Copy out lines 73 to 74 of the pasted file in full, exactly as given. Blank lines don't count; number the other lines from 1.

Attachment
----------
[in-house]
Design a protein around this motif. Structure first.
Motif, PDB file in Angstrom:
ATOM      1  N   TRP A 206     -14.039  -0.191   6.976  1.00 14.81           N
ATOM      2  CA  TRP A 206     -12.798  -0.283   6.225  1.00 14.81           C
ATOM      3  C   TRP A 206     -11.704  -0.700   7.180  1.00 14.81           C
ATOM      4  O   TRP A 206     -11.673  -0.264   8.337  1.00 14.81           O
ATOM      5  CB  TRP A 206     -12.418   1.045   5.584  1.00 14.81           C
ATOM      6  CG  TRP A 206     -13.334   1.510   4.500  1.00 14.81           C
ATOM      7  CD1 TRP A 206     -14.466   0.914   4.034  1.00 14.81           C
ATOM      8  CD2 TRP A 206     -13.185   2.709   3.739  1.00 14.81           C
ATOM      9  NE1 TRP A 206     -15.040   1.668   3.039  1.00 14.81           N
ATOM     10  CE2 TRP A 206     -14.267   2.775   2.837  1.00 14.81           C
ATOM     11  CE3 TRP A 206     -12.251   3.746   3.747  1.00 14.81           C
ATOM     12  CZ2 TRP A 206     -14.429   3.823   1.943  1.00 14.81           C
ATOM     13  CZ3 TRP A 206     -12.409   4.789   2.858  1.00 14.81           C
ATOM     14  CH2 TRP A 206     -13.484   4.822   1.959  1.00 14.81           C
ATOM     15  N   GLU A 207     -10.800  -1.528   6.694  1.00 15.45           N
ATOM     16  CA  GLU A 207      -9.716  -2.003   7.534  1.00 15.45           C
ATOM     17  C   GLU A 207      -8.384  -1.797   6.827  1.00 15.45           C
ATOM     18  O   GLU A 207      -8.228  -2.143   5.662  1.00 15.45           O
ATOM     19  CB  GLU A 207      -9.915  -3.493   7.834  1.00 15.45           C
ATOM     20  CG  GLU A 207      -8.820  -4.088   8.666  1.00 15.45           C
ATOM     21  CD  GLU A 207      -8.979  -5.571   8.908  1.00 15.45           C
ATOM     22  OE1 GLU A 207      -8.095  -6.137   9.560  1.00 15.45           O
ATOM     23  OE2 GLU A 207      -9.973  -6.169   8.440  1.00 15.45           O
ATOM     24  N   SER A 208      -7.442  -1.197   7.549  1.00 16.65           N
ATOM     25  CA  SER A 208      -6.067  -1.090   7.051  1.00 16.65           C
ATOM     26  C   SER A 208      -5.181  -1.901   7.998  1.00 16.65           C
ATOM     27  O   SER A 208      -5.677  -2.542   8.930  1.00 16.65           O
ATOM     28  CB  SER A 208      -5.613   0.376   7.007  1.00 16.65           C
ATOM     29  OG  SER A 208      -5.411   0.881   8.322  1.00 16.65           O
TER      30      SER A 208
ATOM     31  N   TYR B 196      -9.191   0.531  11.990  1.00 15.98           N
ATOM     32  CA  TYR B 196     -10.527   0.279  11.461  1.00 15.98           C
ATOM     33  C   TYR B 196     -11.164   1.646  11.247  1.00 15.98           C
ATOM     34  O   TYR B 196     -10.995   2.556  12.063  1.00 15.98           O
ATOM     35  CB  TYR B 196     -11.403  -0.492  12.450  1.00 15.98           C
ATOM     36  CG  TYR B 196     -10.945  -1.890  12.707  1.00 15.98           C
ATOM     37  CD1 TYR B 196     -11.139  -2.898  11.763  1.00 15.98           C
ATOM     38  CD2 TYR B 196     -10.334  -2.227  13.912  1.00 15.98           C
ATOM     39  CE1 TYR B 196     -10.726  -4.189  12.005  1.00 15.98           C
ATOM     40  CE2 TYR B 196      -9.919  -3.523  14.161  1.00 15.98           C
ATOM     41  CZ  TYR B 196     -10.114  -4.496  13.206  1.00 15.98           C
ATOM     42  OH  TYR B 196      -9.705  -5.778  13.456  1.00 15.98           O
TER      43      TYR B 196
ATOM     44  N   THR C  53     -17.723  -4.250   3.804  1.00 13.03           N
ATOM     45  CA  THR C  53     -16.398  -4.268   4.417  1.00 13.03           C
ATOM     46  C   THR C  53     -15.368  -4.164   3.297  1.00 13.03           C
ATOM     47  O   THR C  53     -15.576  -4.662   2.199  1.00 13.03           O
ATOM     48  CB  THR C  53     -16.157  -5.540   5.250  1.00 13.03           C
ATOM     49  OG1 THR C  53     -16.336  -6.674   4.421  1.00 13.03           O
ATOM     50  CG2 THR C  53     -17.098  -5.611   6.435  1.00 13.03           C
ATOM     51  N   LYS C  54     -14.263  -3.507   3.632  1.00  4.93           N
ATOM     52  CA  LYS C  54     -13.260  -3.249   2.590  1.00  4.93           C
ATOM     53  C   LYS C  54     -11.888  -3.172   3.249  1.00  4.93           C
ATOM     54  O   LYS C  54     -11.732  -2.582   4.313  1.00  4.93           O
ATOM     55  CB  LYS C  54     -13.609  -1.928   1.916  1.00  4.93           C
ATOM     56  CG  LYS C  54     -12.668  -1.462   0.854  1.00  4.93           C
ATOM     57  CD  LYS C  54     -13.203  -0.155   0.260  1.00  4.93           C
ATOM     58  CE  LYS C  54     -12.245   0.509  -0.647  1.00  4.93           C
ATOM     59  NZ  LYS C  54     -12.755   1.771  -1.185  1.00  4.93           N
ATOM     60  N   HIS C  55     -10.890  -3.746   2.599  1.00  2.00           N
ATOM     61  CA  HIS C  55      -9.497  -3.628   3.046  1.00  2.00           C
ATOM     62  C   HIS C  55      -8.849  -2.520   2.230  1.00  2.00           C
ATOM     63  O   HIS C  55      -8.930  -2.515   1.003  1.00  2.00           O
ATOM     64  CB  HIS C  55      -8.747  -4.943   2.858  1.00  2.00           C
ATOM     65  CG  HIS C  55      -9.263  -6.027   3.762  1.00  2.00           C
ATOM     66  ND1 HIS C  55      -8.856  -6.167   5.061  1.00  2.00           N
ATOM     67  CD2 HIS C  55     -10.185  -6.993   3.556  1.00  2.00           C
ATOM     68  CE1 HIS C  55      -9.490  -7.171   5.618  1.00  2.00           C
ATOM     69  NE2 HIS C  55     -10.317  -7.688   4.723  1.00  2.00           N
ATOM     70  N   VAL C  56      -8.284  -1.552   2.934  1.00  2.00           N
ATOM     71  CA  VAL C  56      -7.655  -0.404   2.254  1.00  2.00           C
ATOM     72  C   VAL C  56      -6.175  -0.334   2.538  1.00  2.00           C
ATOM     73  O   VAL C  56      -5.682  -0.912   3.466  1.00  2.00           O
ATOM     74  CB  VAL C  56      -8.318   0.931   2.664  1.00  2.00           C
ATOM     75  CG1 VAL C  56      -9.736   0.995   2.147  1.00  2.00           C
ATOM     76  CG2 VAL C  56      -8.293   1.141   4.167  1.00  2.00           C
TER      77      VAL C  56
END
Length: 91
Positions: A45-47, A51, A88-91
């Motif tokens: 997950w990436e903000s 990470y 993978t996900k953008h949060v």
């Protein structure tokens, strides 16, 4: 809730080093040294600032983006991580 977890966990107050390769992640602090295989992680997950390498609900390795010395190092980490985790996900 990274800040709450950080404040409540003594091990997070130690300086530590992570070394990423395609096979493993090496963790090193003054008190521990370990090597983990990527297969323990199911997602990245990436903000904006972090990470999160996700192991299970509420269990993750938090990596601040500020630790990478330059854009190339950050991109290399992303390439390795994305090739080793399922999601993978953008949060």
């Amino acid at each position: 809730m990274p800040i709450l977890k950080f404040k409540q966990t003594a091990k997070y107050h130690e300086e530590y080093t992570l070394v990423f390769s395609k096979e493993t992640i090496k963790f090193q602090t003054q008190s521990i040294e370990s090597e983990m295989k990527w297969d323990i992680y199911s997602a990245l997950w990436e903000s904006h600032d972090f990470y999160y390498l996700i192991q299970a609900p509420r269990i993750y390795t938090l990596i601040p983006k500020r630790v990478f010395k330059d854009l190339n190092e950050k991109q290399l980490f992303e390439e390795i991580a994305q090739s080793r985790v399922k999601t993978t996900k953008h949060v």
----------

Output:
ATOM     70  N   VAL C  56      -8.284  -1.552   2.934  1.00  2.00           N
ATOM     71  CA  VAL C  56      -7.655  -0.404   2.254  1.00  2.00           C